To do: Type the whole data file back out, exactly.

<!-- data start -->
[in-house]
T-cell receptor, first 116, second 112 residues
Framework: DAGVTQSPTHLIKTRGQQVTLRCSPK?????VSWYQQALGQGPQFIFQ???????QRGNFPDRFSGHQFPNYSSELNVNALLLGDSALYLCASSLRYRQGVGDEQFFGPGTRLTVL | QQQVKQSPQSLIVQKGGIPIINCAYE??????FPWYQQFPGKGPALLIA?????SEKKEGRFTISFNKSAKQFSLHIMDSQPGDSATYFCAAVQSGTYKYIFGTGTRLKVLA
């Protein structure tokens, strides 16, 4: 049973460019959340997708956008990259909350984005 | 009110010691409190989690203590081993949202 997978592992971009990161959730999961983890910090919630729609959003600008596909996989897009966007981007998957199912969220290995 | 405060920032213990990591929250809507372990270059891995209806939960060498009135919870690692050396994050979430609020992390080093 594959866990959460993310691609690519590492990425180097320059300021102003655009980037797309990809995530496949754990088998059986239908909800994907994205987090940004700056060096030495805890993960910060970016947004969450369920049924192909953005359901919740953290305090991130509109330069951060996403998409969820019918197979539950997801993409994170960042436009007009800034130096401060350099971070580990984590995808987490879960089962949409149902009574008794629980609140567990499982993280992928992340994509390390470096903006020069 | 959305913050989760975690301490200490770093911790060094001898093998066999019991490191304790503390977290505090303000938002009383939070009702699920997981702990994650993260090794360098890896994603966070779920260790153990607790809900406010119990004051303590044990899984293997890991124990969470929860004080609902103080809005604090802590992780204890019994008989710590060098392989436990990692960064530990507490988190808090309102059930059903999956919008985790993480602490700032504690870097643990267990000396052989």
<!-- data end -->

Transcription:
[in-house]
T-cell receptor, first 116, second 112 residues
Framework: DAGVTQSPTHLIKTRGQQVTLRCSPK?????VSWYQQALGQGPQFIFQ???????QRGNFPDRFSGHQFPNYSSELNVNALLLGDSALYLCASSLRYRQGVGDEQFFGPGTRLTVL | QQQVKQSPQSLIVQKGGIPIINCAYE??????FPWYQQFPGKGPALLIA?????SEKKEGRFTISFNKSAKQFSLHIMDSQPGDSATYFCAAVQSGTYKYIFGTGTRLKVLA
């Protein structure tokens, strides 16, 4: 049973460019959340997708956008990259909350984005 | 009110010691409190989690203590081993949202 997978592992971009990161959730999961983890910090919630729609959003600008596909996989897009966007981007998957199912969220290995 | 405060920032213990990591929250809507372990270059891995209806939960060498009135919870690692050396994050979430609020992390080093 594959866990959460993310691609690519590492990425180097320059300021102003655009980037797309990809995530496949754990088998059986239908909800994907994205987090940004700056060096030495805890993960910060970016947004969450369920049924192909953005359901919740953290305090991130509109330069951060996403998409969820019918197979539950997801993409994170960042436009007009800034130096401060350099971070580990984590995808987490879960089962949409149902009574008794629980609140567990499982993280992928992340994509390390470096903006020069 | 959305913050989760975690301490200490770093911790060094001898093998066999019991490191304790503390977290505090303000938002009383939070009702699920997981702990994650993260090794360098890896994603966070779920260790153990607790809900406010119990004051303590044990899984293997890991124990969470929860004080609902103080809005604090802590992780204890019994008989710590060098392989436990990692960064530990507490988190808090309102059930059903999956919008985790993480602490700032504690870097643990267990000396052989």